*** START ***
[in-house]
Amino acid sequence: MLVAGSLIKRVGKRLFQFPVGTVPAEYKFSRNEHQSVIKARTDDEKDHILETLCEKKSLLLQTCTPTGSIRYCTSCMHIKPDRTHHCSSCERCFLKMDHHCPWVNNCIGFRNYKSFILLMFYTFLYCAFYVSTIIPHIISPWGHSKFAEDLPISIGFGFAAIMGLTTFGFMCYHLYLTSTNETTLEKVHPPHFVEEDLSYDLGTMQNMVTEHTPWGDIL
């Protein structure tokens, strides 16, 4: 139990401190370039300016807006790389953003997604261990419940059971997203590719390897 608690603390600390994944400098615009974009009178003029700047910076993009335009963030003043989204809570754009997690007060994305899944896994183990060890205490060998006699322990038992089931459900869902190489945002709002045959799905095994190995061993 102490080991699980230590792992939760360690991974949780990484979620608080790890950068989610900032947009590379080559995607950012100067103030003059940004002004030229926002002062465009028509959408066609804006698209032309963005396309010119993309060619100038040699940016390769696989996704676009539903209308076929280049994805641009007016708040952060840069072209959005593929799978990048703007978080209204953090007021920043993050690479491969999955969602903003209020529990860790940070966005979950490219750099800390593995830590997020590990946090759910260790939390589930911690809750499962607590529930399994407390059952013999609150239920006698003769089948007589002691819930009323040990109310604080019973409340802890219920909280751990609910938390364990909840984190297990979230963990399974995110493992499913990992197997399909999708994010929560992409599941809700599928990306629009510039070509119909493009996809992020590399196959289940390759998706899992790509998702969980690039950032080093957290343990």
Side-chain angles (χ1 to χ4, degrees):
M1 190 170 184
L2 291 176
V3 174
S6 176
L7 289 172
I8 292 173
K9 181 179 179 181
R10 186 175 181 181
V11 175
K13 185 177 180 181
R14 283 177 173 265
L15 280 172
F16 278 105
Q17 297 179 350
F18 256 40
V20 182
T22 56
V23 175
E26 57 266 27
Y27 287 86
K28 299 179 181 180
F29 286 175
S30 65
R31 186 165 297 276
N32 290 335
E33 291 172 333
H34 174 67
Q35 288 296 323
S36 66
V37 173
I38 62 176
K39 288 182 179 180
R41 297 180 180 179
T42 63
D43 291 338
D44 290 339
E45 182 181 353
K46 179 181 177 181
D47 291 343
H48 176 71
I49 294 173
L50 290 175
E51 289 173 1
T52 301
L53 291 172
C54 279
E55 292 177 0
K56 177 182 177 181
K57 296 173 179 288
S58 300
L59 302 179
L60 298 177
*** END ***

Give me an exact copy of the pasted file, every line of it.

[in-house]
Amino acid sequence: MLVAGSLIKRVGKRLFQFPVGTVPAEYKFSRNEHQSVIKARTDDEKDHILETLCEKKSLLLQTCTPTGSIRYCTSCMHIKPDRTHHCSSCERCFLKMDHHCPWVNNCIGFRNYKSFILLMFYTFLYCAFYVSTIIPHIISPWGHSKFAEDLPISIGFGFAAIMGLTTFGFMCYHLYLTSTNETTLEKVHPPHFVEEDLSYDLGTMQNMVTEHTPWGDIL
């Protein structure tokens, strides 16, 4: 139990401190370039300016807006790389953003997604261990419940059971997203590719390897 608690603390600390994944400098615009974009009178003029700047910076993009335009963030003043989204809570754009997690007060994305899944896994183990060890205490060998006699322990038992089931459900869902190489945002709002045959799905095994190995061993 102490080991699980230590792992939760360690991974949780990484979620608080790890950068989610900032947009590379080559995607950012100067103030003059940004002004030229926002002062465009028509959408066609804006698209032309963005396309010119993309060619100038040699940016390769696989996704676009539903209308076929280049994805641009007016708040952060840069072209959005593929799978990048703007978080209204953090007021920043993050690479491969999955969602903003209020529990860790940070966005979950490219750099800390593995830590997020590990946090759910260790939390589930911690809750499962607590529930399994407390059952013999609150239920006698003769089948007589002691819930009323040990109310604080019973409340802890219920909280751990609910938390364990909840984190297990979230963990399974995110493992499913990992197997399909999708994010929560992409599941809700599928990306629009510039070509119909493009996809992020590399196959289940390759998706899992790509998702969980690039950032080093957290343990």
Side-chain angles (χ1 to χ4, degrees):
M1 190 170 184
L2 291 176
V3 174
S6 176
L7 289 172
I8 292 173
K9 181 179 179 181
R10 186 175 181 181
V11 175
K13 185 177 180 181
R14 283 177 173 265
L15 280 172
F16 278 105
Q17 297 179 350
F18 256 40
V20 182
T22 56
V23 175
E26 57 266 27
Y27 287 86
K28 299 179 181 180
F29 286 175
S30 65
R31 186 165 297 276
N32 290 335
E33 291 172 333
H34 174 67
Q35 288 296 323
S36 66
V37 173
I38 62 176
K39 288 182 179 180
R41 297 180 180 179
T42 63
D43 291 338
D44 290 339
E45 182 181 353
K46 179 181 177 181
D47 291 343
H48 176 71
I49 294 173
L50 290 175
E51 289 173 1
T52 301
L53 291 172
C54 279
E55 292 177 0
K56 177 182 177 181
K57 296 173 179 288
S58 300
L59 302 179
L60 298 177